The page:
Climate change has stamped its signature on the world’s oceans and atmosphere. A primary contributor to climate change is global warming, which modulates the wind and wave field patterns, sea surface temperature, and sea level pressure anomalies. These changes may result in oceanic warming and hasten the melting of ice caps, ice sheets, and glaciers, leading to accelerated sea level rise (SLR) globally and regionally. Rising sea levels pose a potential threat to the habitat of coastal and offshore communities by intensifying the impacts of coastal hazards such as floods, storm surges, tsunamis, high tides, extreme waves, and erosion in the low-lying areas.
The Paris Agreement of 2015 (UNFCCC 2015) proposed to restrict the increases in global warming to well below 2.0°C above the preindustrial level, preferably to 1.5°C. The amount by which sea levels rise as a result of ice sheet melting might be nearly halved if global warming is kept to 1.5°C. However, a recent report from the Intergovernmental Panel on Climate Change (IPCC) portrays a rather gloomy picture of the challenges we confront due to SLR. On a global scale, the sea level is continuously rising and “accelerating” at the rate of 3.6 mm per year. The IPCC’s sixth assessment report (AR6, 2022) also notes that human imprints have enhanced greenhouse gas emissions, contributing to fast-rising sea levels.
Over the course of the twenty first century, the risk along the coastlines ill increase by at least one order of magnitude. These hazards are primarily focused in and around coastal towns and settlements. They will intensify beyond 2050, and will continue to worsen well through 2100, even if global warming ceases. By 2100, historically catastrophic and extreme sea-level rises will happen every year, endangering the lives of millions of people who live near the coast. In the coming decades, increased exposure to SLR will be caused mainly by rapid urbanization and population expansion in lowlying coastal zones. In Africa, 108–116 million people will be exposed to SLR by 2030 (compared to 54 million in 2000), and the number will rise to 190–245 million by 2060.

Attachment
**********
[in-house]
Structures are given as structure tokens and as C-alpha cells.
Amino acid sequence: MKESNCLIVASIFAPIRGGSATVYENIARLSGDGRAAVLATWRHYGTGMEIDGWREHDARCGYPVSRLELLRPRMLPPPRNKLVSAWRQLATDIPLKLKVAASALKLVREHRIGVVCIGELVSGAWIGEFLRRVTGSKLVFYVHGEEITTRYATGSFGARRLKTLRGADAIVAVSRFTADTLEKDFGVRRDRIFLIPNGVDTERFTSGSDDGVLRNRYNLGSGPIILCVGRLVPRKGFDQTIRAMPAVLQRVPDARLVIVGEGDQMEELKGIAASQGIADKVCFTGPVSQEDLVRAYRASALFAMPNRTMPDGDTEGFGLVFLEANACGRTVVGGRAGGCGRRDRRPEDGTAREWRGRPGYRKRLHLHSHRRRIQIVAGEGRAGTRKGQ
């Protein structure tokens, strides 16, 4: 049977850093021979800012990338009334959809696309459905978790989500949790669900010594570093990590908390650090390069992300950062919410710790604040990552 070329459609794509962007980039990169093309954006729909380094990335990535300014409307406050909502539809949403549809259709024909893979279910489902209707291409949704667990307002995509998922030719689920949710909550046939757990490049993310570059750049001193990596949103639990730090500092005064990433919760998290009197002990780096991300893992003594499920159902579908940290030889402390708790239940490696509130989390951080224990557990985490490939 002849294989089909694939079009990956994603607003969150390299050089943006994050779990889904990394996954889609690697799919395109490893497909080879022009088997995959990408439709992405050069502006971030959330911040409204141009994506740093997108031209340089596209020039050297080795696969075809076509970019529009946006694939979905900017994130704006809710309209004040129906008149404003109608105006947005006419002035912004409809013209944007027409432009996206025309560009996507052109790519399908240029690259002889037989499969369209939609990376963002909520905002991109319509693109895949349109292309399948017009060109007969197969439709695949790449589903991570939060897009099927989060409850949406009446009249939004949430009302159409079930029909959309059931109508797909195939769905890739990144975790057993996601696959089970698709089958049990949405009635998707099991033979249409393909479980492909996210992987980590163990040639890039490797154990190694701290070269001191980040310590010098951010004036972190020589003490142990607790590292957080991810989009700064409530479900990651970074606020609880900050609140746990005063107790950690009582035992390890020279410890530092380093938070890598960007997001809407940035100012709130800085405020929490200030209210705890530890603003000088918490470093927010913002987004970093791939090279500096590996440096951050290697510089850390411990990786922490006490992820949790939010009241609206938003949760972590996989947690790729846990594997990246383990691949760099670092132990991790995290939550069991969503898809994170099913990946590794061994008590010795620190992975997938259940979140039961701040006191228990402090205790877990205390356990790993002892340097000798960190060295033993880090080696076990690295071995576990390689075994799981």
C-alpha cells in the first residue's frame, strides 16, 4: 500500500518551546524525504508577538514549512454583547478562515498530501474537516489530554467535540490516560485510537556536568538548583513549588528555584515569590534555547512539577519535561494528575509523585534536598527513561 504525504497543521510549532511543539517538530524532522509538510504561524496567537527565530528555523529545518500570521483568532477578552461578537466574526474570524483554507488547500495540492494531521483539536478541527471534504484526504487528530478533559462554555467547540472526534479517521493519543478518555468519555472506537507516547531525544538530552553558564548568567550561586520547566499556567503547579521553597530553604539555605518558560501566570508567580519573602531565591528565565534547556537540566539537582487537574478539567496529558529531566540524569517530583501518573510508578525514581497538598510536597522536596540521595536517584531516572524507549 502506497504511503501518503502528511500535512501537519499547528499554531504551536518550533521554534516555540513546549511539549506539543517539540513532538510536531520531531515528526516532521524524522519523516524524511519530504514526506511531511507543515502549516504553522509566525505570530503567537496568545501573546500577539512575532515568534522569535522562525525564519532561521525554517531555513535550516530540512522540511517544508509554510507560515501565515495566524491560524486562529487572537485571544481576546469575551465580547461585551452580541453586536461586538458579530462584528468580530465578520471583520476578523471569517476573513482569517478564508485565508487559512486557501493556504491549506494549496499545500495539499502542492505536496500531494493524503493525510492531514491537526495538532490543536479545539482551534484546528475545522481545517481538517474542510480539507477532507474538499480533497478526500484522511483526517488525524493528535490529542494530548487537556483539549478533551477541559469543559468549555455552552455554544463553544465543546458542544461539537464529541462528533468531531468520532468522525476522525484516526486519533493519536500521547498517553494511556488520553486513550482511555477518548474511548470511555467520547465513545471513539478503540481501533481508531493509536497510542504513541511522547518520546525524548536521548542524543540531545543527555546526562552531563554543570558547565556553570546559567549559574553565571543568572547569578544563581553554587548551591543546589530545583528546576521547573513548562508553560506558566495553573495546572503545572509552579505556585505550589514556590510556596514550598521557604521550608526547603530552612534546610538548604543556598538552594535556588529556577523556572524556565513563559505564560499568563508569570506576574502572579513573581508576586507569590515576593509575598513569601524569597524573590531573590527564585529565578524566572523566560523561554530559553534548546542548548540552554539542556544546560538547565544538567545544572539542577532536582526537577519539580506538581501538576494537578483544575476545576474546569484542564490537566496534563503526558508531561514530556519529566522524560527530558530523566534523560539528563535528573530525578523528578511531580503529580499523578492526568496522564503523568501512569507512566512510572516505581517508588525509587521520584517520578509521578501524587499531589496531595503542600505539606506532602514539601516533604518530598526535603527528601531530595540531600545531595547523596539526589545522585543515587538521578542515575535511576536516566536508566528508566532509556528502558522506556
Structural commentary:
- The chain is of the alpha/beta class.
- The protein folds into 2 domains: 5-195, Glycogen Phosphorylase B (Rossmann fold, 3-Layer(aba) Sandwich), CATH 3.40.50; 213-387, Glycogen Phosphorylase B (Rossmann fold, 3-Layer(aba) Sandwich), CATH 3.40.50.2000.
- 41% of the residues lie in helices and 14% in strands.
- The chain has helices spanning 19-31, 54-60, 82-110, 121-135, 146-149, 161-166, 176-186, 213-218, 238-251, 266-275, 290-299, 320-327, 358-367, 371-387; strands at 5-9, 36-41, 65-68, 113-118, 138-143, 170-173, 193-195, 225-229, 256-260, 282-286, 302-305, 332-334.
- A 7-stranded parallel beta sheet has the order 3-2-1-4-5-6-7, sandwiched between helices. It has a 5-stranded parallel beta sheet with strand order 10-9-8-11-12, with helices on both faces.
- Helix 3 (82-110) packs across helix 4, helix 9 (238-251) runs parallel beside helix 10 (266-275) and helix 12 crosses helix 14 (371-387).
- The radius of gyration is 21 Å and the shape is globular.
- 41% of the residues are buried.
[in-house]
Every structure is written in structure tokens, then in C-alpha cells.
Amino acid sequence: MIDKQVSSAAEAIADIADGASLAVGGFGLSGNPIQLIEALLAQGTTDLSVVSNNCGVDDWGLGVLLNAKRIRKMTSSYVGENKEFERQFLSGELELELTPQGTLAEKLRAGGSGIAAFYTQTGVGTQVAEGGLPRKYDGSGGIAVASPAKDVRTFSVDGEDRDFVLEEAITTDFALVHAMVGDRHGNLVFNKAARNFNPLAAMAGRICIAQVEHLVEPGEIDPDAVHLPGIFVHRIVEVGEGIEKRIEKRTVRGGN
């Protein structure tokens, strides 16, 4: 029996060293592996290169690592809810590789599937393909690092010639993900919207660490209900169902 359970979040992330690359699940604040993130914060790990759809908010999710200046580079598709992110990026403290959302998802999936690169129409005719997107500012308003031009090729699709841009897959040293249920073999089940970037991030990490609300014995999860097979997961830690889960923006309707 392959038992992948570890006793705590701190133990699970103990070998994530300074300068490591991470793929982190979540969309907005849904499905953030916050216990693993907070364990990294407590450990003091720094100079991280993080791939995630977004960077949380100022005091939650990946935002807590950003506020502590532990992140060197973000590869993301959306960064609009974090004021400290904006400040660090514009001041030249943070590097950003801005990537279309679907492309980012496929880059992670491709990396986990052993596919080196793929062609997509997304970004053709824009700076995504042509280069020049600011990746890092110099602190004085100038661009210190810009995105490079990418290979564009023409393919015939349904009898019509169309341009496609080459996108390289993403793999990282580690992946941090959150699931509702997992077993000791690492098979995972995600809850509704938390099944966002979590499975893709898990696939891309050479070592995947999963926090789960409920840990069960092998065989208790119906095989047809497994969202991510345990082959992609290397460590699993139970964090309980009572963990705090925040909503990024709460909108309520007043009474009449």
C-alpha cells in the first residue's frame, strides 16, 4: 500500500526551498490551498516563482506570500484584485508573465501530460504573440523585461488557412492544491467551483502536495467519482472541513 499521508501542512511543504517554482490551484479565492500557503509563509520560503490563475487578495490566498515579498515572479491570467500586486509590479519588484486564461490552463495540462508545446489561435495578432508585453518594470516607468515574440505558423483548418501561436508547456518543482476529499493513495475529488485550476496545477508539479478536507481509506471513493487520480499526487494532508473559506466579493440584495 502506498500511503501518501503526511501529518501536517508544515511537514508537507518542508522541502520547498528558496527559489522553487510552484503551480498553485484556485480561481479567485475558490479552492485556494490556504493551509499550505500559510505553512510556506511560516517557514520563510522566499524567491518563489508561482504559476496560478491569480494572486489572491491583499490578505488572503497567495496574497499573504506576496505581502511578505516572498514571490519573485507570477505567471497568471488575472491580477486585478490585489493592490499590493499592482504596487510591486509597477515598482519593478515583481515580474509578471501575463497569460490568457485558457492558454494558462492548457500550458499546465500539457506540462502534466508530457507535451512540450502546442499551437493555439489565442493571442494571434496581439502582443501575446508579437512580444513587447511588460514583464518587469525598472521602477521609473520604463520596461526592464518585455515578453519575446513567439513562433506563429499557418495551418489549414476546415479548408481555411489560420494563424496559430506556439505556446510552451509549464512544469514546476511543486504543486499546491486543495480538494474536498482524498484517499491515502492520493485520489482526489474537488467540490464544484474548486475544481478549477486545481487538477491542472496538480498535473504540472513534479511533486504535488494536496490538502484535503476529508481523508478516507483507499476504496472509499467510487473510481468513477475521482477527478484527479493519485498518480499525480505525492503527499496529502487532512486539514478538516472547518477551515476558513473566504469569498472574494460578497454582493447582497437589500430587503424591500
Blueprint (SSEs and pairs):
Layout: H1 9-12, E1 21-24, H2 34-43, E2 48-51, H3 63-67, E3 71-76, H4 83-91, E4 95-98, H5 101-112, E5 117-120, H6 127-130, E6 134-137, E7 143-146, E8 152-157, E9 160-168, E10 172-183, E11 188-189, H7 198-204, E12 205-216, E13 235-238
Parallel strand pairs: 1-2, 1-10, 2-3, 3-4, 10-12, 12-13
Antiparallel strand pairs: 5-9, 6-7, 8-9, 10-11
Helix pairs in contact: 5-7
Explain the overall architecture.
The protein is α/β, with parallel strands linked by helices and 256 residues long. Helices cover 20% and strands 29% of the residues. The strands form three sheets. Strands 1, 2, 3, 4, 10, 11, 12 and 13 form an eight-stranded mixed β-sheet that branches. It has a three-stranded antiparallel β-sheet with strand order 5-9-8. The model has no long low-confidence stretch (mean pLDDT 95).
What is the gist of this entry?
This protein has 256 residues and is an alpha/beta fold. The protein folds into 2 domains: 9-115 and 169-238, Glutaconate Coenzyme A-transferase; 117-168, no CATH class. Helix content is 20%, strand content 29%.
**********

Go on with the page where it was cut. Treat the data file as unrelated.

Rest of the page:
According to the IPCC’s AR6, by 2050, a billion people living in low-lying cities and towns will be at risk from climate hazards. If the global mean sea level rises by 0.15 m relative to current levels, the population in coastal towns and communities at risk of a catastrophic coastal flood will grow by about 20 per cent. By the end of the twenty first century, coastal flood damage in Europe is expected to spike least ten fold with existing adaptation and mitigation measures. As curated by IPCC, it is anticipated that as many as 510 million people and as much as US$12,739 billion in assets will be exposed by 2100 in several coastal regions across the globe. Overall, the damage is projected to reach far beyond coastal towns and cities.
Severe damage to ports is likely to endanger global supply chains and maritime trade, with broad geopolitical and economic repercussions. If nations enhance their collective mitigation targets and move towards adaptation, there is some optimism amid these concerns. Hoe sung Lee, the head of the IPCC, urged the fostering of resilience as a part of adaptation efforts. He observed, “If we reduce emissions sharply, the consequences for people and their livelihoods will still be challenging, but potentially more manageable for …. the most vulnerable.” The only solution is to adapt, plan and build infrastructure that is climate resilient.